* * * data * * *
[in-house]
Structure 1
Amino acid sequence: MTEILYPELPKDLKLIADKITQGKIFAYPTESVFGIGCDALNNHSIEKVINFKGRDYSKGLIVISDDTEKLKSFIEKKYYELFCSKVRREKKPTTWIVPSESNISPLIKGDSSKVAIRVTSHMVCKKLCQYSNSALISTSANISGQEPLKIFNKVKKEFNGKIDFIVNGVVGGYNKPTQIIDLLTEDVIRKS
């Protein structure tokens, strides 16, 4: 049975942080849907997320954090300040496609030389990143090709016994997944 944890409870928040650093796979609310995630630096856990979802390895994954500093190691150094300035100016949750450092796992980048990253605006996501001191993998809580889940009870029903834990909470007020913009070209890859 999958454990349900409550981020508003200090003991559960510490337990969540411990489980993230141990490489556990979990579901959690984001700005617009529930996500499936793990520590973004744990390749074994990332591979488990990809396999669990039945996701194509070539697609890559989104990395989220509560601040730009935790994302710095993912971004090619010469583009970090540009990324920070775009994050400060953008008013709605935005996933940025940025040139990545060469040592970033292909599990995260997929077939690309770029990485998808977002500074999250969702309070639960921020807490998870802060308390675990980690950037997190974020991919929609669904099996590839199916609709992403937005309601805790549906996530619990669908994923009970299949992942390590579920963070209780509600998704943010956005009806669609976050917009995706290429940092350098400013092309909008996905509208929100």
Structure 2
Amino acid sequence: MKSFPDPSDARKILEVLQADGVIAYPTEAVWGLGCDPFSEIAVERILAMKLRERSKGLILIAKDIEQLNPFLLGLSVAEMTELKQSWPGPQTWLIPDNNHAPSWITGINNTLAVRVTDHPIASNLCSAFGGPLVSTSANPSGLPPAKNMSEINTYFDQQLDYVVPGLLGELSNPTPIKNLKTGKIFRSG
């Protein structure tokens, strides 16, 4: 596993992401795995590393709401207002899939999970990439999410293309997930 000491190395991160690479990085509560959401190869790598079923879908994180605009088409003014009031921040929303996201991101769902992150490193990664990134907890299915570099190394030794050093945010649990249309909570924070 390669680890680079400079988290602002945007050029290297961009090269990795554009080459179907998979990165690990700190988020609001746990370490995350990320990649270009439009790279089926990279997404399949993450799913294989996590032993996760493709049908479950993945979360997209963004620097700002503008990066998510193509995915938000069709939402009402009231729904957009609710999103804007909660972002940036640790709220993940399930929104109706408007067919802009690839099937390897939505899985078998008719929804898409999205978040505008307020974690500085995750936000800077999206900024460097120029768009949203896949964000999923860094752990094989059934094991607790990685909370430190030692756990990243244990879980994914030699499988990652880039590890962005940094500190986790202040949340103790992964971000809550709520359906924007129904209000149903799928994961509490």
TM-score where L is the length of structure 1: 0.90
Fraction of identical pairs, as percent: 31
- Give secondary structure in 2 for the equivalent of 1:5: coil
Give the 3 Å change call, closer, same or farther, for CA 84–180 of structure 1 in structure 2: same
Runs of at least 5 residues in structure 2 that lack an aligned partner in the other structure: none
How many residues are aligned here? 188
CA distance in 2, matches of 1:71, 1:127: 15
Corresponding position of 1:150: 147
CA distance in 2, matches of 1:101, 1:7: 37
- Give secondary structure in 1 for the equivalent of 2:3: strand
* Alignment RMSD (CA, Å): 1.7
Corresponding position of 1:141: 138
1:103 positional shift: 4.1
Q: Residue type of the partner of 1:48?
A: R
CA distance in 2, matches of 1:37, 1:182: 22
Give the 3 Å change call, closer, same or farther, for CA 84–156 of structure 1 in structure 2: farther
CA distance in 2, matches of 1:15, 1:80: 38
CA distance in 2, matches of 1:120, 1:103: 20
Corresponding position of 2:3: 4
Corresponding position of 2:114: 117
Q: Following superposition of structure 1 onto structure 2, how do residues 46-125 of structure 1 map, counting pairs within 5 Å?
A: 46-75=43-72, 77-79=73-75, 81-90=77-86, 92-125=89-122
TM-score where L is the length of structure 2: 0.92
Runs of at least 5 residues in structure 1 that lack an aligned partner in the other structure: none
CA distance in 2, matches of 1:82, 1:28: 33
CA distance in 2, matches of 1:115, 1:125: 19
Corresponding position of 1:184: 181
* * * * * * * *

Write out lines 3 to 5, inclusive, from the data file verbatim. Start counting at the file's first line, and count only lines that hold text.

Amino acid sequence: MTEILYPELPKDLKLIADKITQGKIFAYPTESVFGIGCDALNNHSIEKVINFKGRDYSKGLIVISDDTEKLKSFIEKKYYELFCSKVRREKKPTTWIVPSESNISPLIKGDSSKVAIRVTSHMVCKKLCQYSNSALISTSANISGQEPLKIFNKVKKEFNGKIDFIVNGVVGGYNKPTQIIDLLTEDVIRKS
């Protein structure tokens, strides 16, 4: 049975942080849907997320954090300040496609030389990143090709016994997944 944890409870928040650093796979609310995630630096856990979802390895994954500093190691150094300035100016949750450092796992980048990253605006996501001191993998809580889940009870029903834990909470007020913009070209890859 999958454990349900409550981020508003200090003991559960510490337990969540411990489980993230141990490489556990979990579901959690984001700005617009529930996500499936793990520590973004744990390749074994990332591979488990990809396999669990039945996701194509070539697609890559989104990395989220509560601040730009935790994302710095993912971004090619010469583009970090540009990324920070775009994050400060953008008013709605935005996933940025940025040139990545060469040592970033292909599990995260997929077939690309770029990485998808977002500074999250969702309070639960921020807490998870802060308390675990980690950037997190974020991919929609669904099996590839199916609709992403937005309601805790549906996530619990669908994923009970299949992942390590579920963070209780509600998704943010956005009806669609976050917009995706290429940092350098400013092309909008996905509208929100």
Structure 2